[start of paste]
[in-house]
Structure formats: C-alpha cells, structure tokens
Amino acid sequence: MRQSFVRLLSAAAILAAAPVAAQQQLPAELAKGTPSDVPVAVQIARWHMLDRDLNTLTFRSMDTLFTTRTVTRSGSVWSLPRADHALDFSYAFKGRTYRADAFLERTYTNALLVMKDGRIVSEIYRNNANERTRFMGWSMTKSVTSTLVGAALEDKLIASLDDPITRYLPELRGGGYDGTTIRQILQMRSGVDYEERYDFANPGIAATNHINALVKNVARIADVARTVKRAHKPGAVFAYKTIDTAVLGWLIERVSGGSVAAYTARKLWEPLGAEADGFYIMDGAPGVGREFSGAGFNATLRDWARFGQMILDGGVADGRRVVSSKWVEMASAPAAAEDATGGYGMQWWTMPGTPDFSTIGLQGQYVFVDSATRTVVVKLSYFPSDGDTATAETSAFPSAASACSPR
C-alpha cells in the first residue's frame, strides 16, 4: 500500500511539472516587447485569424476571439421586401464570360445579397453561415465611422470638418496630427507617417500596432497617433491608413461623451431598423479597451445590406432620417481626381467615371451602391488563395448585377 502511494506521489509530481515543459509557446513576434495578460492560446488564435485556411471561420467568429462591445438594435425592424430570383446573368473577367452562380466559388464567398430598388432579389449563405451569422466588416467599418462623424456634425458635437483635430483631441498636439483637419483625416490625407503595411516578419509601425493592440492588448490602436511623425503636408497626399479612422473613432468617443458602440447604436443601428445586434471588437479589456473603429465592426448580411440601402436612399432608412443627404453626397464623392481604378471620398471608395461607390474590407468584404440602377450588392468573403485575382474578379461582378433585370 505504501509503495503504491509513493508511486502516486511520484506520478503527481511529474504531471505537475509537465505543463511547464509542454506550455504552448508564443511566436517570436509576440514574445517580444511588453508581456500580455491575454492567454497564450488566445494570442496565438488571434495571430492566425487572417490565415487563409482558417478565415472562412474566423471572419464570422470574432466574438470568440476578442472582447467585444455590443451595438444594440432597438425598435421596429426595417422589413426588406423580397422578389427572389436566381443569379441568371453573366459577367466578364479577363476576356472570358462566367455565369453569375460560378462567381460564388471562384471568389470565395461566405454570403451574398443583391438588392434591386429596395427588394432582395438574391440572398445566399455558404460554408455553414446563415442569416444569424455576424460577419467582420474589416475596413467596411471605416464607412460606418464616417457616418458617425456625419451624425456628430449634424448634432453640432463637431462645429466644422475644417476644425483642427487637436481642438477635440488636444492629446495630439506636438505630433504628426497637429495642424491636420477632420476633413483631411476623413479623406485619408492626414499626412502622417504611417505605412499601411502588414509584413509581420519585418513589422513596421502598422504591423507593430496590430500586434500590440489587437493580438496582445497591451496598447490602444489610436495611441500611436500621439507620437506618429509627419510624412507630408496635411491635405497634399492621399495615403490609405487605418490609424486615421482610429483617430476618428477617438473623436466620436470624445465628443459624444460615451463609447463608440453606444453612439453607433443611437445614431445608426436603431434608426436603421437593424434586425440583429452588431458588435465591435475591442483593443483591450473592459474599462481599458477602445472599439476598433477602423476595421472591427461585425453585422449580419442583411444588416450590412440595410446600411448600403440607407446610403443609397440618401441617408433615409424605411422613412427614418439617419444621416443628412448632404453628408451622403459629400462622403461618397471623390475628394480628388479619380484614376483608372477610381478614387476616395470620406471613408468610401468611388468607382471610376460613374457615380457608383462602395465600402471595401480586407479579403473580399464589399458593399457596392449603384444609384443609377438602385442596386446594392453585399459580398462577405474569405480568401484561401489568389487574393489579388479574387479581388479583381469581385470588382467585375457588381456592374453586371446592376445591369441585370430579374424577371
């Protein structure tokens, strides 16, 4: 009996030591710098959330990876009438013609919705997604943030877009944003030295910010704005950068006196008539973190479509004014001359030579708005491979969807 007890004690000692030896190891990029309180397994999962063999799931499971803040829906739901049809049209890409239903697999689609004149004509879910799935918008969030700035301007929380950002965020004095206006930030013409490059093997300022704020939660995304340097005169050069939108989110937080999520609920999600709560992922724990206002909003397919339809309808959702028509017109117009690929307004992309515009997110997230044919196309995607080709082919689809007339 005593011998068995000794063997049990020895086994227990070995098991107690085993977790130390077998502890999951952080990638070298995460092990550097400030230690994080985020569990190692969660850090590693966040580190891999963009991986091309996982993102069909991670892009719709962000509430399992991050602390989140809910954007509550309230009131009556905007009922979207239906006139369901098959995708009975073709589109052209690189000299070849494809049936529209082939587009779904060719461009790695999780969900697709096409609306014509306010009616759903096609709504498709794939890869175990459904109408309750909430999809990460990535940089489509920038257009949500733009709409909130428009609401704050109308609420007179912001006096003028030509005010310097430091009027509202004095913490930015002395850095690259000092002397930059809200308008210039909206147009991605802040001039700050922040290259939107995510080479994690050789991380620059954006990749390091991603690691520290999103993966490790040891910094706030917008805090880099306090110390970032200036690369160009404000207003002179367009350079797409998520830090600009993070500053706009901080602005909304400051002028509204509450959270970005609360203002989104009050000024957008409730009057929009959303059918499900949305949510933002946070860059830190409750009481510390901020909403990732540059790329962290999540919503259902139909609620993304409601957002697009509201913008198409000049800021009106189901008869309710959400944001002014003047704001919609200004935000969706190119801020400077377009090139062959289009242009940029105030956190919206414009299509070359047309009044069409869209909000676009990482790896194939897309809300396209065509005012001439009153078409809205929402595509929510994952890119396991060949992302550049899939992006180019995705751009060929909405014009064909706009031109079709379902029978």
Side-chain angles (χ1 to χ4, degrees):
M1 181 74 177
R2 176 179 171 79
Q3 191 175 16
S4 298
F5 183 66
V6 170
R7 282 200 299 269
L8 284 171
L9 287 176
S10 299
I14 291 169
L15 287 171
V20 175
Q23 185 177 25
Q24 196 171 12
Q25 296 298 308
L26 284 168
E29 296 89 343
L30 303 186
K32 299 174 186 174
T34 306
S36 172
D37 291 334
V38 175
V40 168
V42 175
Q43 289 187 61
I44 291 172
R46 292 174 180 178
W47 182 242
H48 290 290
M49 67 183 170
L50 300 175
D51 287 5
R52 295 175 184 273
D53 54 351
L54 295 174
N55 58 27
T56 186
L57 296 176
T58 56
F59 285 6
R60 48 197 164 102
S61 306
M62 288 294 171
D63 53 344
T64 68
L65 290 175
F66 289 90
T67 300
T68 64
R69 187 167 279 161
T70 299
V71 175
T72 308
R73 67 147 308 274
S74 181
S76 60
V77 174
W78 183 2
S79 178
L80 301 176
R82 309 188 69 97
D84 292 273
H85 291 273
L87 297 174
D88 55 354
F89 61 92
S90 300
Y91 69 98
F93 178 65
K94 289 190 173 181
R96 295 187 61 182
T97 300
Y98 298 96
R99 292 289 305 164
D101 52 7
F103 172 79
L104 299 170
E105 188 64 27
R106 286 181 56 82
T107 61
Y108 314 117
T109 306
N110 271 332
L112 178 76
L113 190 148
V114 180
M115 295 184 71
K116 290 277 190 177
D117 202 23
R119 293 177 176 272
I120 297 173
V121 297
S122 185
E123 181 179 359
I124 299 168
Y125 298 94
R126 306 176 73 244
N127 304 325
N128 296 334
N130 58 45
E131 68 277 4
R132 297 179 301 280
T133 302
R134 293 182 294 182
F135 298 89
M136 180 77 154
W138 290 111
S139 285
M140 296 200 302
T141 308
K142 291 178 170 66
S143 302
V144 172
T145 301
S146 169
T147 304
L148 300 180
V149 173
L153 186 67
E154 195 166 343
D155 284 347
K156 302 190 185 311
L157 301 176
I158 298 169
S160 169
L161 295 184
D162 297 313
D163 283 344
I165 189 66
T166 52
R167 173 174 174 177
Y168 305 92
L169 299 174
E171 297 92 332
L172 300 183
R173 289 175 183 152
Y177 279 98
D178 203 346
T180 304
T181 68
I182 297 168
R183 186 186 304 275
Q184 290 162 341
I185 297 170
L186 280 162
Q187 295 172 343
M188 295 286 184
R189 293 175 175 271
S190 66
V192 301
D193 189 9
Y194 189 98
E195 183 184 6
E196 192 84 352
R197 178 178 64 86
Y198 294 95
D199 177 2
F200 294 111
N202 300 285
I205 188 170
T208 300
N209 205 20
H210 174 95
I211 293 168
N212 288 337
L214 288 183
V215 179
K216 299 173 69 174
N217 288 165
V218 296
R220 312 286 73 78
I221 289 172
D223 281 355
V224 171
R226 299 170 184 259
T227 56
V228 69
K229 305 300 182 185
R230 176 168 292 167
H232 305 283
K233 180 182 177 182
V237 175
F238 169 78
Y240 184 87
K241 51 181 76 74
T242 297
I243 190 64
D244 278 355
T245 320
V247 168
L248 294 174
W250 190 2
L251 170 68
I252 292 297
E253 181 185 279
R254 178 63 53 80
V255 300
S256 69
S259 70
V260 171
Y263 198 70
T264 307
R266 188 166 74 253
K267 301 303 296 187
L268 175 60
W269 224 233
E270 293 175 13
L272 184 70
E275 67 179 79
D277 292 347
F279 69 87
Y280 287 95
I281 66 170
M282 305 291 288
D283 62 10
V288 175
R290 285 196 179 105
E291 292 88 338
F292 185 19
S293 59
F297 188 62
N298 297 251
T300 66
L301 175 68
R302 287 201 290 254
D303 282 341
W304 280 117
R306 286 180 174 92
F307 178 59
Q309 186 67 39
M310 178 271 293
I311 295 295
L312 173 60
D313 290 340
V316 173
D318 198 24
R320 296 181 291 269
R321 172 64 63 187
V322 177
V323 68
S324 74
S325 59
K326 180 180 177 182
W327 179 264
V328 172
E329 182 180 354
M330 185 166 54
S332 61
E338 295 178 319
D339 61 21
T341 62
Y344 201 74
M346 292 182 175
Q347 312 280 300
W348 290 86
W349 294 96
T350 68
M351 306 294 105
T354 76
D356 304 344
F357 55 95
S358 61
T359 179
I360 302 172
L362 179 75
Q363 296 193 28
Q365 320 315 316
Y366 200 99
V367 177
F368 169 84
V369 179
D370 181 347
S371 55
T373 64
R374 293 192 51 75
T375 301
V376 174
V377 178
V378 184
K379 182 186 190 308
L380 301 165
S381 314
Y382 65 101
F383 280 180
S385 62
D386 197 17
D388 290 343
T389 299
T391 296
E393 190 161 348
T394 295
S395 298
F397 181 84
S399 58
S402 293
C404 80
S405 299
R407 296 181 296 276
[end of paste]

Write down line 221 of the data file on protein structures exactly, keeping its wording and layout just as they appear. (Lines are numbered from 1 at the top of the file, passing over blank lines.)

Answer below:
I281 66 170